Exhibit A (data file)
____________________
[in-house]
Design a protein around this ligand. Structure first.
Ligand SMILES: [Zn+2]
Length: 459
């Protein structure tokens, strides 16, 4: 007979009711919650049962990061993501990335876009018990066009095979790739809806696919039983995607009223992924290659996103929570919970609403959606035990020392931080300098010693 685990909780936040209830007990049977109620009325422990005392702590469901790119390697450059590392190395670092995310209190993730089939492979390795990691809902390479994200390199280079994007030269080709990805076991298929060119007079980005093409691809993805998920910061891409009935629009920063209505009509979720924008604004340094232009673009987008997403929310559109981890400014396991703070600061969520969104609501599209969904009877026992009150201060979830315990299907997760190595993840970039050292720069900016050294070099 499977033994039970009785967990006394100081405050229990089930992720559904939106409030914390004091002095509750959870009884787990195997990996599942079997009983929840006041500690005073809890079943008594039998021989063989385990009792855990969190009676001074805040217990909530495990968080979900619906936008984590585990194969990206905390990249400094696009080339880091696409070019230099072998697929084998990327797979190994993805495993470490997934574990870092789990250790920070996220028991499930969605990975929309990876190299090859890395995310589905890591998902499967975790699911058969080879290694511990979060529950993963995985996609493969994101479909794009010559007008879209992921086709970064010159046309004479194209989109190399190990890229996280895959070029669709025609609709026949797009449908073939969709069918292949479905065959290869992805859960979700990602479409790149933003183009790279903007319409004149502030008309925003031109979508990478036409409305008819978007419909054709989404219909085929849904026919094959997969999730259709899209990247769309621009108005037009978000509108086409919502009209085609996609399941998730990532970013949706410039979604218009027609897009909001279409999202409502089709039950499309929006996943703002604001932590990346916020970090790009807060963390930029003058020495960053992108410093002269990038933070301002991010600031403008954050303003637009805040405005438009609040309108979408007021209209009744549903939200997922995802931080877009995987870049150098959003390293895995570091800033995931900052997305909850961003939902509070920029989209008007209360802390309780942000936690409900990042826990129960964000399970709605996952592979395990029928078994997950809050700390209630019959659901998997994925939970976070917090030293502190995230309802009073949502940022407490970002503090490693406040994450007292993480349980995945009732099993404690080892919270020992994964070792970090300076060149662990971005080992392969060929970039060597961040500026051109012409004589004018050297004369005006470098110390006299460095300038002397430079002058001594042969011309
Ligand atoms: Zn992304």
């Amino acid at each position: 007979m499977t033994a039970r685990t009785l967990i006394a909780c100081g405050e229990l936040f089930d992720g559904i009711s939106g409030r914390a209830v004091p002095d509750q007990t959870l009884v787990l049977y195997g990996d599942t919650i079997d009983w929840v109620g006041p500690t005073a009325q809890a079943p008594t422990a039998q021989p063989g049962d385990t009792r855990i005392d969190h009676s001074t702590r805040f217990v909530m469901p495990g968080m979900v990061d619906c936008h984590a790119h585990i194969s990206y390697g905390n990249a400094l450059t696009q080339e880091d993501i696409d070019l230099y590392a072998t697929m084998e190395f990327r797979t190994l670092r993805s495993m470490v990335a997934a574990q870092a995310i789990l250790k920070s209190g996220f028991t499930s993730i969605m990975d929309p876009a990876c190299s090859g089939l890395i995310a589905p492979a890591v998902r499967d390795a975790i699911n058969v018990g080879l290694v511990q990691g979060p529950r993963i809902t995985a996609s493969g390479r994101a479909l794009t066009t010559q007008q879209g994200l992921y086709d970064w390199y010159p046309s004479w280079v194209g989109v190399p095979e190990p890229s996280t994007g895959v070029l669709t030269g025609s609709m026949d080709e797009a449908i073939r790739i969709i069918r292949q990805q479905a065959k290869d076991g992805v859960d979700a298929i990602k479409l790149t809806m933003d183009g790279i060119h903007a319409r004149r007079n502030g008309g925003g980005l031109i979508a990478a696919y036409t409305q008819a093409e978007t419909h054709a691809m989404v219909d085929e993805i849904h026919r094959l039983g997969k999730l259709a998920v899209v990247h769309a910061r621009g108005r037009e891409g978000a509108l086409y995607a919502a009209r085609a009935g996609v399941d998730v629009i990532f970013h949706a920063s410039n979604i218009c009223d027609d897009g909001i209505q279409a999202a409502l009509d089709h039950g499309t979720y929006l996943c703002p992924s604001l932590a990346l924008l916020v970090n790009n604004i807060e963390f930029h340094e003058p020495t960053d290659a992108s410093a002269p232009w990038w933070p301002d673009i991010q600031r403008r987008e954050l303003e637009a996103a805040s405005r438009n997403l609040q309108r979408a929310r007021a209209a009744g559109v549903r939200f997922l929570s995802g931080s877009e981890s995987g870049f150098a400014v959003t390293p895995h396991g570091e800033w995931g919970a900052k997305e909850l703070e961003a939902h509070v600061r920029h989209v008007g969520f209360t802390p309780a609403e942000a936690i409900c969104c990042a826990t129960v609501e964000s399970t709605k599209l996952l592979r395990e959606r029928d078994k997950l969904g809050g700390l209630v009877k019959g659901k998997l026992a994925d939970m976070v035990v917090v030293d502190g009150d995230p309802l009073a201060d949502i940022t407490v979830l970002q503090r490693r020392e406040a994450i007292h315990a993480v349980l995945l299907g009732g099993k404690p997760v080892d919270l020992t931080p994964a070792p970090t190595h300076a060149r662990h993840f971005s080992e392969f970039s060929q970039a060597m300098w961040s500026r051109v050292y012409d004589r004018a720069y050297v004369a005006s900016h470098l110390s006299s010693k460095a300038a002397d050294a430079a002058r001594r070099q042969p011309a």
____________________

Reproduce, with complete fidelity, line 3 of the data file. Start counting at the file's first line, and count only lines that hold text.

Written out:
Ligand SMILES: [Zn+2]